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July 09, 2019

Transitioning from one child to two

Double the fun or double trouble?

Parenting Motherhood
Baby Boys 07092019 Pexels


Since I am expecting my second baby, I have been seeking advice on the transition from one child to two.

From all the mothers I have spoken with, the first several weeks are a roller coaster of emotions. Healing from delivery. Caring for a newborn and a toddler. Battling sleep deprivation. Many of my friends clued me into the adjustment period for the first born who is no longer the center of attention. They shared the guilt of dividing their time between two children, feeling like they were failing on all fronts: neglecting their eldest, shortchanging their newborn, forgetting their own health, and ignoring their spouse.

But I also heard that eventually, the transitional period ends and a new normal is developed in which parents feel more in-control and the children have settled into a happy routine.

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Preparation will not fully prime me for the big (and joyous!) change that will happen when we become a family of four this fall. But having a game plan based on the advice of others who have experienced this transition certainly can’t hurt. If you are getting ready to expand your family from one child to two, here are some of the things that seasoned mothers, parenting experts and doctors recommend.


Preparing your first child for the arrival of the second gives them time to process it and get excited, while making them feel like they are part of the change instead of subject to it. My toddler understands that Mama has a baby in her belly and that soon he will be a big brother. Killian goes to my doctor’s appointments and ultrasounds with me. He was with us when we learned our baby girl’s gender. He kisses and hugs my belly. We watch weekly videos on the What To Expect When You’re Expecting app.

Killian has moved from a crib to a big boy bedroom and understands that his nursery will soon be occupied by a little sister. He and I went through all his toys, separating out the baby ones. I did not know if he would get agitated about passing along some of his things, but he was helpful – even excited! – to share his old toys with a new sibling.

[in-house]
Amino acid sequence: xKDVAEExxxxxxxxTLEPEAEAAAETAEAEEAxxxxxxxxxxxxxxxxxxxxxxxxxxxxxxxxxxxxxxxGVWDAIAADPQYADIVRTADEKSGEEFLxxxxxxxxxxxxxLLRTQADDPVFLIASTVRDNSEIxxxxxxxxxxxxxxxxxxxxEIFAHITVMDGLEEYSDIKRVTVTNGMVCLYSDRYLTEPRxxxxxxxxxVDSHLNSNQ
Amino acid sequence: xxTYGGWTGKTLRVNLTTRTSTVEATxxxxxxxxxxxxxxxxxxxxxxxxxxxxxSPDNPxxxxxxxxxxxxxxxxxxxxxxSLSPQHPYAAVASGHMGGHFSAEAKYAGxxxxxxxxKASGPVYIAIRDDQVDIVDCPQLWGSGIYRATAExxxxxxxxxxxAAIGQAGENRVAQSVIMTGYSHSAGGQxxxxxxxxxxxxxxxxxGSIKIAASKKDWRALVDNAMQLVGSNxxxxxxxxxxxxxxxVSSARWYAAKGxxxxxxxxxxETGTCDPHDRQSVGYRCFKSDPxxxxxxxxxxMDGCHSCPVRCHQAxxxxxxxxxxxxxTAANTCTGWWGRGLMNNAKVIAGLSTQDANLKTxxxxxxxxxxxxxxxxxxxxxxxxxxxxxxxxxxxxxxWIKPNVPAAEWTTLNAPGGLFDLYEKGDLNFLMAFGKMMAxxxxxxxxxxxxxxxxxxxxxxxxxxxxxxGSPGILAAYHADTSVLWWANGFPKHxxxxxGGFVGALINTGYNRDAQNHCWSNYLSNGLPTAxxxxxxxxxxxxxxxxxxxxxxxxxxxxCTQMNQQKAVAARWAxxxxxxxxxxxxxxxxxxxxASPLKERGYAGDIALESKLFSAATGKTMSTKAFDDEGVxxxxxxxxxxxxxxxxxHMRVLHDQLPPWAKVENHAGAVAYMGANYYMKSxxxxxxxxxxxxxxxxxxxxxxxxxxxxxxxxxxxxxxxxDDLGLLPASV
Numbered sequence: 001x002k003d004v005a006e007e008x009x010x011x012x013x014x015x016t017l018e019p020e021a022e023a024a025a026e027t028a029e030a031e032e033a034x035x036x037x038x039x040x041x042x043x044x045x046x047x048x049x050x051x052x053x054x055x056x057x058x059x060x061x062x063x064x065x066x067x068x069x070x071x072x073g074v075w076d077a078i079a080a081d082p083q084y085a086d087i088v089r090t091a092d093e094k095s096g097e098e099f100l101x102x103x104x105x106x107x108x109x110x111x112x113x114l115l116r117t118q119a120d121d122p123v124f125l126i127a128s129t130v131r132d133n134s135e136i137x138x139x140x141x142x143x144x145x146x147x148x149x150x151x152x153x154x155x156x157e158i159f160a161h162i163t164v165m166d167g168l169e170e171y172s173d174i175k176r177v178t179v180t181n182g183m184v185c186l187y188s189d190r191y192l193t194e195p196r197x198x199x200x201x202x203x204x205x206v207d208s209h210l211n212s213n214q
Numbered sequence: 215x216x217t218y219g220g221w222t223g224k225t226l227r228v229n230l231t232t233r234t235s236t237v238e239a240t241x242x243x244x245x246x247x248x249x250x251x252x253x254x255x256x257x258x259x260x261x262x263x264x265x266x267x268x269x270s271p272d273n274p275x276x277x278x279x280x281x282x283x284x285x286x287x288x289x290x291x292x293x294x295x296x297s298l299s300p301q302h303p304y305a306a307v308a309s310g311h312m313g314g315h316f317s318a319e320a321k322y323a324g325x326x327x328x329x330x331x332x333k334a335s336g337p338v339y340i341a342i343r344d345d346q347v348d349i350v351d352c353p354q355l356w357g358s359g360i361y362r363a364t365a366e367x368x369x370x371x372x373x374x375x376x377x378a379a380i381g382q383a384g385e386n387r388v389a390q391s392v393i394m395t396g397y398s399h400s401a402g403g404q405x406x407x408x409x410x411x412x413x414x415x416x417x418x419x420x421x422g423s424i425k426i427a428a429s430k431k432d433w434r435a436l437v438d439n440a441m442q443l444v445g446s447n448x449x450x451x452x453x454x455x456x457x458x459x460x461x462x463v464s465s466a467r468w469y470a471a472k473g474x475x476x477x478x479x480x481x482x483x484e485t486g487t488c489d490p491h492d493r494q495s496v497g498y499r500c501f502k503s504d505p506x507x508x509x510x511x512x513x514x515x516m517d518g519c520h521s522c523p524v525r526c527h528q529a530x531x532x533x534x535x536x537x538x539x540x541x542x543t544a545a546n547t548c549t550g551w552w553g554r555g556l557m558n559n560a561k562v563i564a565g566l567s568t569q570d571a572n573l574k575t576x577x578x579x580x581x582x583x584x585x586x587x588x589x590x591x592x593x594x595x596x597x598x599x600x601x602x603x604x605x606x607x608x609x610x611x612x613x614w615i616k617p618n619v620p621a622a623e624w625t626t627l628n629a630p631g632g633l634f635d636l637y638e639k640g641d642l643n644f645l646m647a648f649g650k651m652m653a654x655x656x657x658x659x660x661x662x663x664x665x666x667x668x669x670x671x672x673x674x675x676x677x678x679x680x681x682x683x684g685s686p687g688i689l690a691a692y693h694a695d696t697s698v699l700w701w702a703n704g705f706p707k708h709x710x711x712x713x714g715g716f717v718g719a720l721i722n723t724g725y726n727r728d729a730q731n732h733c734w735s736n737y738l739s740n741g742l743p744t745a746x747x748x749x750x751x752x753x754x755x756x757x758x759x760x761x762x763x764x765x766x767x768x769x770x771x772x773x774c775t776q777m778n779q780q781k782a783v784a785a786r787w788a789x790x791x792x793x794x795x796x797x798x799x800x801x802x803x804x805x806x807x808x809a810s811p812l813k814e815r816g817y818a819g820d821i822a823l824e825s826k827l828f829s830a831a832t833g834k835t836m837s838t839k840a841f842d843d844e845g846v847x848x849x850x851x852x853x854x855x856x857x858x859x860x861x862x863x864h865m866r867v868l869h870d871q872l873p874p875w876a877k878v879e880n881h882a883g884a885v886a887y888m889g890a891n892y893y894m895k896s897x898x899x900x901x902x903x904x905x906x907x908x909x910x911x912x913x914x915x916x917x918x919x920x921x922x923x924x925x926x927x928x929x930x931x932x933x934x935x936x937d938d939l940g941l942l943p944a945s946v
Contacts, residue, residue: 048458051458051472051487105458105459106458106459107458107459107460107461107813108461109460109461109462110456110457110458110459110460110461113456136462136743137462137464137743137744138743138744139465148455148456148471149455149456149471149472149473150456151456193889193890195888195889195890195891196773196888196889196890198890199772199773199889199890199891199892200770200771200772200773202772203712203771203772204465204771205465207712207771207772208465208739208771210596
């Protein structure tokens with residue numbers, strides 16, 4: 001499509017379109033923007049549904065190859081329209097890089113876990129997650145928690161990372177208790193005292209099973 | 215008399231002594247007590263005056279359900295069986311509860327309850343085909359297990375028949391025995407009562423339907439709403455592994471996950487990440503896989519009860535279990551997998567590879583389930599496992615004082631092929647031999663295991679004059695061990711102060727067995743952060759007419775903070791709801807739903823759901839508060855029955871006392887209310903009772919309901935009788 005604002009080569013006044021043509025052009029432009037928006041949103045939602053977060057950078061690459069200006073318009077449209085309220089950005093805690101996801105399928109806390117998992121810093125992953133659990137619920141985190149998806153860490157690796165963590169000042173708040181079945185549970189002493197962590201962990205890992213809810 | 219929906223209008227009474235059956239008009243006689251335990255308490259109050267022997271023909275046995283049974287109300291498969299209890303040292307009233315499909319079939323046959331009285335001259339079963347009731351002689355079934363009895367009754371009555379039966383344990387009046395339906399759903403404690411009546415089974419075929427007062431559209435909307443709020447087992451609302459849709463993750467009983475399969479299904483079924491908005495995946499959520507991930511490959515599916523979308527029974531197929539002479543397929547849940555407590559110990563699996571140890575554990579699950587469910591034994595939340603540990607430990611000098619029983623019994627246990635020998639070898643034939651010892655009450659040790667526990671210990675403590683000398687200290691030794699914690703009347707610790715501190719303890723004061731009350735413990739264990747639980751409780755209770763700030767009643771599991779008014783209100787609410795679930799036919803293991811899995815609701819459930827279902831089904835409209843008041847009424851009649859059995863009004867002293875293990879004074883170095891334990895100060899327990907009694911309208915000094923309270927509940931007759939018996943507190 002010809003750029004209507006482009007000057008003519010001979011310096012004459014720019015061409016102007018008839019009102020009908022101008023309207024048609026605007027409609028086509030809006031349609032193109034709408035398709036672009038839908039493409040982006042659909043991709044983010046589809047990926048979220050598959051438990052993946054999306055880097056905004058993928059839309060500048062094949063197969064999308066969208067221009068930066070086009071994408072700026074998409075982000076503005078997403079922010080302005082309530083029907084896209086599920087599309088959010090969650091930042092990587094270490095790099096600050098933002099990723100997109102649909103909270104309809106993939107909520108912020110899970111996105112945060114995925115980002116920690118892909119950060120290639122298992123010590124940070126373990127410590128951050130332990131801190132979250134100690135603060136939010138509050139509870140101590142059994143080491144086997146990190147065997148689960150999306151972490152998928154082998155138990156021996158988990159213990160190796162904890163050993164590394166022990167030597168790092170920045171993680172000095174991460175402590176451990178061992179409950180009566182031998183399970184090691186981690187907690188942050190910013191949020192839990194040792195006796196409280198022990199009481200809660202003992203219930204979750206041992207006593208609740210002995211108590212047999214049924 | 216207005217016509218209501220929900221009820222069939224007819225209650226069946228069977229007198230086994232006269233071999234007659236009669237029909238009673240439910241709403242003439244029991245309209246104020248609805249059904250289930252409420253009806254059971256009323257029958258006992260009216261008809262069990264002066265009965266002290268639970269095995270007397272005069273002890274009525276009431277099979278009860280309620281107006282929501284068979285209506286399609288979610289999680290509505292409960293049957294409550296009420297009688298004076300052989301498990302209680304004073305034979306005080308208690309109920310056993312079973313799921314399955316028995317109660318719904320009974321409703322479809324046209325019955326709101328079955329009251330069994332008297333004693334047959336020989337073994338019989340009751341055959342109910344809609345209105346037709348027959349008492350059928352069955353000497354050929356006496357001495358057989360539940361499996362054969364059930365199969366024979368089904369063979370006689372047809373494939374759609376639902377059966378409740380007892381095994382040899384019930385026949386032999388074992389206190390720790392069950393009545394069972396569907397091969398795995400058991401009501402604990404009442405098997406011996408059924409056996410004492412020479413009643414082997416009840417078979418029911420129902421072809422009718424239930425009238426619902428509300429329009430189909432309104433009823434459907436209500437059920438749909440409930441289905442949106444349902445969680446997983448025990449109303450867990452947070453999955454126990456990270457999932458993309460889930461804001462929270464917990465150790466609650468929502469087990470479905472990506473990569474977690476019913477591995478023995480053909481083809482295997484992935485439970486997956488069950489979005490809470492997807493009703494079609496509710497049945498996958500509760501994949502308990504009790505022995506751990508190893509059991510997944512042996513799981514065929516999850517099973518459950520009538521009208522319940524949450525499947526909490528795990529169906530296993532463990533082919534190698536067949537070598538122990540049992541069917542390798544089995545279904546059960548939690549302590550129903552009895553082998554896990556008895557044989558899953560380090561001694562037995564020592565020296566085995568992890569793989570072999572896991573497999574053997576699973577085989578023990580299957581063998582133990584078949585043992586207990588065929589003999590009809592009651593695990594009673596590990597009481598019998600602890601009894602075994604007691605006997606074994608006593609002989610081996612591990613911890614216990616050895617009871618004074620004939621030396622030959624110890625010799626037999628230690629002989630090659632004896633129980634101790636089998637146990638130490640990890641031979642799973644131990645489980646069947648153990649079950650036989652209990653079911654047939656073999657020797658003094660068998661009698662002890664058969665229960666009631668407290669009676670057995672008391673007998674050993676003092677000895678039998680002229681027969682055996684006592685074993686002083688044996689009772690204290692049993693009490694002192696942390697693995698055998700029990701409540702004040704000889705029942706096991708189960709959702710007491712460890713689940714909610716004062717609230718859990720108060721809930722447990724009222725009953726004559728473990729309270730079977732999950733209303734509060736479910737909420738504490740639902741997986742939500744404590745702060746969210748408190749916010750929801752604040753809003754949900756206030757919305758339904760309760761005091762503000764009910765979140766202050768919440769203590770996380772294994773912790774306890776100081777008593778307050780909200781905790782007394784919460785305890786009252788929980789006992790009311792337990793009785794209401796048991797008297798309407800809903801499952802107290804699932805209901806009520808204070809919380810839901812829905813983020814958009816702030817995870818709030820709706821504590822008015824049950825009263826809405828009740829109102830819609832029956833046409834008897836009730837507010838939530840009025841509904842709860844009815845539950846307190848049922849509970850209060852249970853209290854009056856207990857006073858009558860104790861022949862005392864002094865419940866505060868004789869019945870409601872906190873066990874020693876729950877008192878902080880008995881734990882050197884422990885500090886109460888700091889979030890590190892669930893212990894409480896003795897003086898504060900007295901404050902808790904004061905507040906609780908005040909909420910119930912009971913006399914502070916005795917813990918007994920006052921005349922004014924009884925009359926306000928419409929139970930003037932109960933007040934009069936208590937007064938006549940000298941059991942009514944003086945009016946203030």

First-born children who are toddlers or babies may not fully understand that a new baby is on the way, but they know something is changing and you should talk to them about your pregnancy and becoming a family of four. If your first-born is older, make them feel like they are an important part of your pregnancy by sharing with them and asking them for advice. When the baby arrives, have them be your helper. No matter the age difference, encourage the development of a sibling bond and friendship when the new baby arrives.


There will be four people in your family which means four separate relationships to nurture: eldest child, youngest child, spouse and self. You know from your first that having a newborn is all-encompassing. Frequently, parents worry about their older child no longer receiving all the attention. Most kids express their displeasure about this change through frustration or emotional outbursts. Some may act out for attention or backslide in their developmental milestones like potty training.

Understand that it is normal, and it will pass after an adjustment period. Many mothers also feel sad about missing all the special time they previously enjoyed with their first-born. Prioritize one-on-one time with your eldest, even if it is just running an errand or having lunch with just the two of you. Try to keep your usual routines, like story time before nap and cuddles before bed, as consistent as possible. For the newborn, you will not only need to prioritize their health and wellbeing, but you will also desire bonding time.

Juggling the wants and needs of your oldest and youngest is the balancing act all families of four experience but have faith that you can do. Those first few weeks or months of feeling overwhelmed will gradually soften into a calmer consistency.

Less attention is usually paid to the other two relationships: spouse and self. The idea of a date night with a child and a newborn probably seems ludicrous. As your family settles into its new rhythm, ensure your romance is a priority, too. Try your best to carve out some one-on-one time with your partner. Many mothers consistently put themselves last. Let’s face it, taking a shower or having a hot cup of coffee seems like a gift on most days. But selfcare should not be neglected, especially when postpartum.

I often tell myself that I need to put my own oxygen mask on first before I can help others. Do not be afraid to ask for help (I already have my mother booked to stay with us for a couple of weeks after I deliver), share your feelings (the good and the bad), connect with other parents (even if it’s just through text), hire a babysitter (a couple of hours of freedom feels life-changing) or do some yoga (in lieu of the dirty dishes). Mothers reading this may be scoffing: “There’s simply no time for ME time!” Developing and sticking to routines can be a big help in making time for selfcare.